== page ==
For all women, that think they need more self-confidence
Last week I had to make a phone call that I was dreading. I had to call somebody about a subject I was not really an expert on. My colleague knew much more about it, but she was on holiday and someone had to return the phone-call. As soon as I picked up the phone, loads of thing happened; I got a dry throat, I felt nervous in my stomach and all of a sudden there were 10 different, “what if…. scenario’s” in my head.
After a while, I could realize what happened. As if I was looking at myself from a distance. In my head it was like: “ohh, interesting, apparently, I am anxious to make this phone call….”
As soon as I made this realization, I could also put it, metaphorically speaking, on the shelf. I did not take it that seriously. I made the phone call and as it turned out….. it was a nice conversation and not any of the “what if.. scenario’s” did actually happen.
A few days later, purely by coincidence, I read the article by Tara Mohr, titled “the Confidence Myth”. Where she describes these same kinds of “insecurity moments” and how to deal with them.
According to Tara, it is not about more confidence, to achieve more in your career, grab chances and put into the world, what you find is important. But, it is about knowing how to deal with your fears. It is not about “confidence”, but about “courage”.
It is about having courage to do exciting things, regardless of all the voices and fears that arise. To grab the invitation to speak, regardless that disapproving voice that comes up insides of you and says, “Do you really think that of all people, you can deliver an interesting and engaging presentation?”Who do you think you are?
Read down below, (an account of this article) and how other successful women deal with it and what you can do to improve your relation with your “inner critic”.
According to Tara Mohr a lot of articles and books on the subject “women and insecurity” have been published lately. In these books and articles women are urged to become more self-assured. But, after years of coaching women, to get the careers they aspire, she is convinced, that this is completely the wrong idea.
“It is about this, insecurity is part of the problem. But, contrary to what we expect, self confidence is not the solution”.
The solution is having a new relation with your own insecurity.
Take Cherry Murray, dean of the Harvard School of Engineering and Applied Sciences, who has published more than 70 scientifically articles and owns 2 patents. “If I sometimes think, that I am not qualified enough? All the time!”
How is it possible that this kind of women, write, speak, create and are leaders in their work field, but at the same time feel this insecurity? Dani Shapiro says: I hear this voice since ages. “You cannot do it, but at the same time, I make a choice not to listen to it”. Or as Twyla Tharp says about her fears. “If I would let my fears rule, I would suppress my instinct and this will probably close my creative source all together.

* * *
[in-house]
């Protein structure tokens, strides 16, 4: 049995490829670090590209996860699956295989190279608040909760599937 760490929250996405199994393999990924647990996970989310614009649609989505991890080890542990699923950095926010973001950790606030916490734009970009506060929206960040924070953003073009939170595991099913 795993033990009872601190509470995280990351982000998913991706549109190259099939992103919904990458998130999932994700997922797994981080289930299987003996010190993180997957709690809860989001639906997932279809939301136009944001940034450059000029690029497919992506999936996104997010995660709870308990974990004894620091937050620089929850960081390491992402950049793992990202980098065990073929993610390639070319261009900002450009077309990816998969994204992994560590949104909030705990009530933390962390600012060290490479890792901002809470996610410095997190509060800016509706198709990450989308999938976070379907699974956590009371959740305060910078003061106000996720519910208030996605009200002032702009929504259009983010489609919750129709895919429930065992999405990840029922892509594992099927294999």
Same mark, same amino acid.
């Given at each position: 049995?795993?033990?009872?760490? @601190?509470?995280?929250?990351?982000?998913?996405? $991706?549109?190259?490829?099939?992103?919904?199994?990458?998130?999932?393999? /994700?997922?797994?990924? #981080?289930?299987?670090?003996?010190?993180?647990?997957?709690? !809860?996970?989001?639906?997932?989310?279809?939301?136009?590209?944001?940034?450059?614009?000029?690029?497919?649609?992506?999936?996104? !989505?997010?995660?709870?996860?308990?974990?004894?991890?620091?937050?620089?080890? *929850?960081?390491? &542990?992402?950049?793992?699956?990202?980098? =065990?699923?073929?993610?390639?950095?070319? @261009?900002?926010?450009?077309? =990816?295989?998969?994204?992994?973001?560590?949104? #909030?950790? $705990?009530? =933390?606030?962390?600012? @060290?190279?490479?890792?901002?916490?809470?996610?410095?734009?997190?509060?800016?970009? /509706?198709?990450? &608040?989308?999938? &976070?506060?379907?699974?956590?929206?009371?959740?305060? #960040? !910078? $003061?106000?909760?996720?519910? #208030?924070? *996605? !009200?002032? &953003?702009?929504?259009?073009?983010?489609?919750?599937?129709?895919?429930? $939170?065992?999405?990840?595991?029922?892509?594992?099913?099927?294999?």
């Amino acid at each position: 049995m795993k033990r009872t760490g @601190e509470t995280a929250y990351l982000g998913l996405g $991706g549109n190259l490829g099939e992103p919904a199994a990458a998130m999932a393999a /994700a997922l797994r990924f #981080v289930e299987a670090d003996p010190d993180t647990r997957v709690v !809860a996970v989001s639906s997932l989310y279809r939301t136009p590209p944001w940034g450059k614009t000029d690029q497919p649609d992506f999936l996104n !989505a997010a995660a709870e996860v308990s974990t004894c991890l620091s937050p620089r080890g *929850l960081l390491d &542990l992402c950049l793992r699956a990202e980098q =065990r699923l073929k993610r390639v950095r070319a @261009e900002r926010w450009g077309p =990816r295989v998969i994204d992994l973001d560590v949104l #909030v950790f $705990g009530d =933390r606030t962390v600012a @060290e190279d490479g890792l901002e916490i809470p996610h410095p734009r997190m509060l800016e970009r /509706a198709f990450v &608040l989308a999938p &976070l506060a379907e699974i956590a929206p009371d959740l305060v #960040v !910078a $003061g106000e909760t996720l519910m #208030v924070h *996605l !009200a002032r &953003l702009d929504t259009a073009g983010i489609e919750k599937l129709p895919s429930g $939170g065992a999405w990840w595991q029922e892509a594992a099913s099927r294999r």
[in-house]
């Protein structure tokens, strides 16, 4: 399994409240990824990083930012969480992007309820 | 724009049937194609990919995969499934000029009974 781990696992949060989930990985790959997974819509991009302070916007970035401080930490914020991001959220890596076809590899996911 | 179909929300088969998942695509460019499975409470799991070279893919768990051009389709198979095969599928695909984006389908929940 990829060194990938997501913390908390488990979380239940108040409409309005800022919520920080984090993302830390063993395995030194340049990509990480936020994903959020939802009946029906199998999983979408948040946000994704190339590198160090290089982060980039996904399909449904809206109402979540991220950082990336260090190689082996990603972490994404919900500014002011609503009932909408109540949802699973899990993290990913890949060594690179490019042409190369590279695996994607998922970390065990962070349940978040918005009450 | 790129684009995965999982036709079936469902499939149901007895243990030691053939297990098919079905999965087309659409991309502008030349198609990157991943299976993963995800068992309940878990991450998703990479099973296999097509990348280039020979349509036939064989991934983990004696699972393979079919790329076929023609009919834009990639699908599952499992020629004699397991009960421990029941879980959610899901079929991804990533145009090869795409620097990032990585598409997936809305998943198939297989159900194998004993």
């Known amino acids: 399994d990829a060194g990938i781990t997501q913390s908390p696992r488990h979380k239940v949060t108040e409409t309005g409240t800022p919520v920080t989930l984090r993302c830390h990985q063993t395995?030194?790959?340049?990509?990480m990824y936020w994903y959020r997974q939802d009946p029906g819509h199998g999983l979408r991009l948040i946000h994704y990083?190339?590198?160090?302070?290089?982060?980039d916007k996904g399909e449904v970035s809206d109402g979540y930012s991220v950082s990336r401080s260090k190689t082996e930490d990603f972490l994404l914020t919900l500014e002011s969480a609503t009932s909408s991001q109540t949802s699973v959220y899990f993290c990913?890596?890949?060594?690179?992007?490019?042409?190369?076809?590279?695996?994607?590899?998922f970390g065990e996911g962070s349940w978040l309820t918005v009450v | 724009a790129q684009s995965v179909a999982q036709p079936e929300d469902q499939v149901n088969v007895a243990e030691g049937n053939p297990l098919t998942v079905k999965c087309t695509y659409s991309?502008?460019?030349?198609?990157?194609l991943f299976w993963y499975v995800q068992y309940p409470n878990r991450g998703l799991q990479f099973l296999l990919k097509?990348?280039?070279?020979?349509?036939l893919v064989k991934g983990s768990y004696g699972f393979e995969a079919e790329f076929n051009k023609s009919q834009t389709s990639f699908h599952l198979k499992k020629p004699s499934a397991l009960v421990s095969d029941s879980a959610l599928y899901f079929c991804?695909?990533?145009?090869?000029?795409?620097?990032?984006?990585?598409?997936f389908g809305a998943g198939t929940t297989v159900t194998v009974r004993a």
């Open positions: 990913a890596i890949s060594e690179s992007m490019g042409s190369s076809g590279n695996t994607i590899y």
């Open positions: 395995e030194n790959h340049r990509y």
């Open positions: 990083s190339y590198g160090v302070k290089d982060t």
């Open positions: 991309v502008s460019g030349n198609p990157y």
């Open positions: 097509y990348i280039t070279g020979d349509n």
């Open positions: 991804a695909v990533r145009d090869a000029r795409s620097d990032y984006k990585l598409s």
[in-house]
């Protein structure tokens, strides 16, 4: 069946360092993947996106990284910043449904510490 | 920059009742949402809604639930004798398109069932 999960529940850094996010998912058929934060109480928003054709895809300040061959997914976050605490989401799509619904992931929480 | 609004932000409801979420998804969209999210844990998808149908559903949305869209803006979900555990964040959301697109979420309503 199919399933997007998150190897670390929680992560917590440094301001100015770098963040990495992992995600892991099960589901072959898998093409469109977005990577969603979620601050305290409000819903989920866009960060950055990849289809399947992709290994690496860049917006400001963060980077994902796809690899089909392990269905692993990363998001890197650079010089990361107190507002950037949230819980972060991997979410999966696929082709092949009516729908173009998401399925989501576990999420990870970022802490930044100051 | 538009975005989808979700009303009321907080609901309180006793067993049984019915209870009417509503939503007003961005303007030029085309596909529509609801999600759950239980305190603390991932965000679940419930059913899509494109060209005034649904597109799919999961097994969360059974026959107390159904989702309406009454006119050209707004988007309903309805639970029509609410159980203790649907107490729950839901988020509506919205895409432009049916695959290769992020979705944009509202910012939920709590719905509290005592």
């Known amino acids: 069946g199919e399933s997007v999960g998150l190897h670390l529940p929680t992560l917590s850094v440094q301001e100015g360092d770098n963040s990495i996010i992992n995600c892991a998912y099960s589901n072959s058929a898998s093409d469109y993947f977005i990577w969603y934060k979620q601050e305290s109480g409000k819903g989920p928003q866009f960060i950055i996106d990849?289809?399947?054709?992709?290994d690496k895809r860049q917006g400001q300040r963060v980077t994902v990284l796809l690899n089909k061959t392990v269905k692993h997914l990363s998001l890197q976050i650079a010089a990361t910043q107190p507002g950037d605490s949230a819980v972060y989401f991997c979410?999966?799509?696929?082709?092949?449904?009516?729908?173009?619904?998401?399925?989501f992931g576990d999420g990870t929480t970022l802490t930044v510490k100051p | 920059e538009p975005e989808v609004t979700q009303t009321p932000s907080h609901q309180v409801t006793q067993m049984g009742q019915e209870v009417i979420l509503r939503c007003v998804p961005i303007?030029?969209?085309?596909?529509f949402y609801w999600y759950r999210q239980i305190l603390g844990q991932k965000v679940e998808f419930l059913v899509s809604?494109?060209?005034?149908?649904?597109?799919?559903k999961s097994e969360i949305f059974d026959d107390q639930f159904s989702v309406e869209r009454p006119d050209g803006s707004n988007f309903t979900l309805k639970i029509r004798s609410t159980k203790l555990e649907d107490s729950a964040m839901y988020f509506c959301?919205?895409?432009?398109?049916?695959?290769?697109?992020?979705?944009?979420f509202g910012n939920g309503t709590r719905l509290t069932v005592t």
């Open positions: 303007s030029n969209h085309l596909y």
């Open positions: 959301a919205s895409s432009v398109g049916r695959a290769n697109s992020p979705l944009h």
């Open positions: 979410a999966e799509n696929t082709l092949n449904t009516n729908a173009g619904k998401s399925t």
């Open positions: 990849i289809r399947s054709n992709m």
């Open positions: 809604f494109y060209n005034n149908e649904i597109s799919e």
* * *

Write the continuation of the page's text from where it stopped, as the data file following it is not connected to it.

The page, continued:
“It is not self confidence, which makes it possible for these women to succeed, it is the manner in which the relate themselves to their insecurity.
But, what does this mean in practise: to relate yourself in a new way to your insecurity?
According to Tara this is simple. The solution is not to start a discussion with your “inner critic” or getting angry at it. This will be like putting oil on the fire. The voice, will become louder and more persistent. What we need to do is simply to recognize it, when it speaks. (Often a sharp, repetitive, fearful voice) and learn to distinguish this voice, from the voice of your wise, calm spirit. ( “the voice of our best thinking”).
By simply recognizing it, we will start to observe the voice and we will have a choice on how to respond to it.
Secondly, as soon as we have identified the voice, we need to remember what it is. This “inner critic” is often a fear for failing, change or visibility. Using a very ingenious manner to attack us. Wanting to make us shrink and go back to our “comfort zone”. It is our instinct, to do whatever lies in its power to keep us in a “safe place”.
This is the reason our “inner critic” becomes especially loud, as soon as we want to take important steps to realize our deepest wishes. Our “inner critic” is like a strict prison guard of your “comfort zones”. As long as we remain within our safe comfort zone, the guard sleeps.
But, as soon as we find ourselves at the edge, this guard will awaken and will try everything in its power, to get us back, in a safe place. A place where we will be safe from possible painful criticism, failing or vulnerability.
If you can remember this, you can remind yourself that this voice is probably not telling you the truth, although another part of you feels that this must be the truth.
You can give a wonderful presentation, although your inner critic says that your idea sucks. You can start a new business, although your inner critic says, you are no CEO material. And you can send your CV to a challenging job, although your inner voice says, that they will never find you suitable.
And the more often you apply this, the more it becomes a habit, just as it works for the women like Dani Shapiro, Cherry Murray and Twyla Tharp.
“We need to learn to take action in the midst of self-doubt, and we can each begin practising today”!